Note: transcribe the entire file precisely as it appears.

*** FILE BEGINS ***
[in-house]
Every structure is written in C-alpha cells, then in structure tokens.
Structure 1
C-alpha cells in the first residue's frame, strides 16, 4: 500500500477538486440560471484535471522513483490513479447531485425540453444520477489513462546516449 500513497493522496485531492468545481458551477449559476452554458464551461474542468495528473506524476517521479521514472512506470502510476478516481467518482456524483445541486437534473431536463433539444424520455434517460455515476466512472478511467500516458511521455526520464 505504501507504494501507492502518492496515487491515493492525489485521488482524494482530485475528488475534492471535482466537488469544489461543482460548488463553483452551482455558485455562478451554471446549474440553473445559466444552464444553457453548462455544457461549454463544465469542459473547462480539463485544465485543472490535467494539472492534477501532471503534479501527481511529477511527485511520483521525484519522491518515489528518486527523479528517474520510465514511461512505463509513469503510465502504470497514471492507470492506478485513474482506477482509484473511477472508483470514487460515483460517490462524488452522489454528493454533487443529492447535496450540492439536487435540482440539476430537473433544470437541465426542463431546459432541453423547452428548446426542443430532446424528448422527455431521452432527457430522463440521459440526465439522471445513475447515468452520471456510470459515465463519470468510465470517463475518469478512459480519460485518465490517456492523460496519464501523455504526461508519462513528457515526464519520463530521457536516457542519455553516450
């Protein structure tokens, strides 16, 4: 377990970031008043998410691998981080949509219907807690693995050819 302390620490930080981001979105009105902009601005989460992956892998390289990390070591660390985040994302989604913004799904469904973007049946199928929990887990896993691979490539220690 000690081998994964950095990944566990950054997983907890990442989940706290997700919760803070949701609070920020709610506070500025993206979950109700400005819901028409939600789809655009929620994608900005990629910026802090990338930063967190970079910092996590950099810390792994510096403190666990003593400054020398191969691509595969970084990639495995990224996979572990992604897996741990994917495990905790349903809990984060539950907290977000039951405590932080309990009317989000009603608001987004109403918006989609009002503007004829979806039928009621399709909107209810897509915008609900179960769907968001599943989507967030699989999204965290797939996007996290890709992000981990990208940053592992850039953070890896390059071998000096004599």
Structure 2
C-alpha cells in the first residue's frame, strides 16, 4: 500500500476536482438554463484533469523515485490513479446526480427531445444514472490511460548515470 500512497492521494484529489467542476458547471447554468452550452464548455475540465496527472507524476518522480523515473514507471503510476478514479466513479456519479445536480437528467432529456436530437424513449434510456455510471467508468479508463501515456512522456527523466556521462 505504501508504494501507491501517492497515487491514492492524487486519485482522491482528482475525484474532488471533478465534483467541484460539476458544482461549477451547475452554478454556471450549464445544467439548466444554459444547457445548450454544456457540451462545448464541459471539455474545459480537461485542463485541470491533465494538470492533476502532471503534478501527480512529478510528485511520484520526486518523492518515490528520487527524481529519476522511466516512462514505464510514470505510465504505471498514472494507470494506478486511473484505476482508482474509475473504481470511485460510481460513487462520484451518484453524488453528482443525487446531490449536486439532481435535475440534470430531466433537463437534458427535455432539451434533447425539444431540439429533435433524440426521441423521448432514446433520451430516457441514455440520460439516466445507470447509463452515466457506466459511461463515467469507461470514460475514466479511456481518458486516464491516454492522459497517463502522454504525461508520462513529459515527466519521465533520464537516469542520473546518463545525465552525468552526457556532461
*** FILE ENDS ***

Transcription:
[in-house]
Every structure is written in C-alpha cells, then in structure tokens.
Structure 1
C-alpha cells in the first residue's frame, strides 16, 4: 500500500477538486440560471484535471522513483490513479447531485425540453444520477489513462546516449 500513497493522496485531492468545481458551477449559476452554458464551461474542468495528473506524476517521479521514472512506470502510476478516481467518482456524483445541486437534473431536463433539444424520455434517460455515476466512472478511467500516458511521455526520464 505504501507504494501507492502518492496515487491515493492525489485521488482524494482530485475528488475534492471535482466537488469544489461543482460548488463553483452551482455558485455562478451554471446549474440553473445559466444552464444553457453548462455544457461549454463544465469542459473547462480539463485544465485543472490535467494539472492534477501532471503534479501527481511529477511527485511520483521525484519522491518515489528518486527523479528517474520510465514511461512505463509513469503510465502504470497514471492507470492506478485513474482506477482509484473511477472508483470514487460515483460517490462524488452522489454528493454533487443529492447535496450540492439536487435540482440539476430537473433544470437541465426542463431546459432541453423547452428548446426542443430532446424528448422527455431521452432527457430522463440521459440526465439522471445513475447515468452520471456510470459515465463519470468510465470517463475518469478512459480519460485518465490517456492523460496519464501523455504526461508519462513528457515526464519520463530521457536516457542519455553516450
């Protein structure tokens, strides 16, 4: 377990970031008043998410691998981080949509219907807690693995050819 302390620490930080981001979105009105902009601005989460992956892998390289990390070591660390985040994302989604913004799904469904973007049946199928929990887990896993691979490539220690 000690081998994964950095990944566990950054997983907890990442989940706290997700919760803070949701609070920020709610506070500025993206979950109700400005819901028409939600789809655009929620994608900005990629910026802090990338930063967190970079910092996590950099810390792994510096403190666990003593400054020398191969691509595969970084990639495995990224996979572990992604897996741990994917495990905790349903809990984060539950907290977000039951405590932080309990009317989000009603608001987004109403918006989609009002503007004829979806039928009621399709909107209810897509915008609900179960769907968001599943989507967030699989999204965290797939996007996290890709992000981990990208940053592992850039953070890896390059071998000096004599």
Structure 2
C-alpha cells in the first residue's frame, strides 16, 4: 500500500476536482438554463484533469523515485490513479446526480427531445444514472490511460548515470 500512497492521494484529489467542476458547471447554468452550452464548455475540465496527472507524476518522480523515473514507471503510476478514479466513479456519479445536480437528467432529456436530437424513449434510456455510471467508468479508463501515456512522456527523466556521462 505504501508504494501507491501517492497515487491514492492524487486519485482522491482528482475525484474532488471533478465534483467541484460539476458544482461549477451547475452554478454556471450549464445544467439548466444554459444547457445548450454544456457540451462545448464541459471539455474545459480537461485542463485541470491533465494538470492533476502532471503534478501527480512529478510528485511520484520526486518523492518515490528520487527524481529519476522511466516512462514505464510514470505510465504505471498514472494507470494506478486511473484505476482508482474509475473504481470511485460510481460513487462520484451518484453524488453528482443525487446531490449536486439532481435535475440534470430531466433537463437534458427535455432539451434533447425539444431540439429533435433524440426521441423521448432514446433520451430516457441514455440520460439516466445507470447509463452515466457506466459511461463515467469507461470514460475514466479511456481518458486516464491516454492522459497517463502522454504525461508520462513529459515527466519521465533520464537516469542520473546518463545525465552525468552526457556532461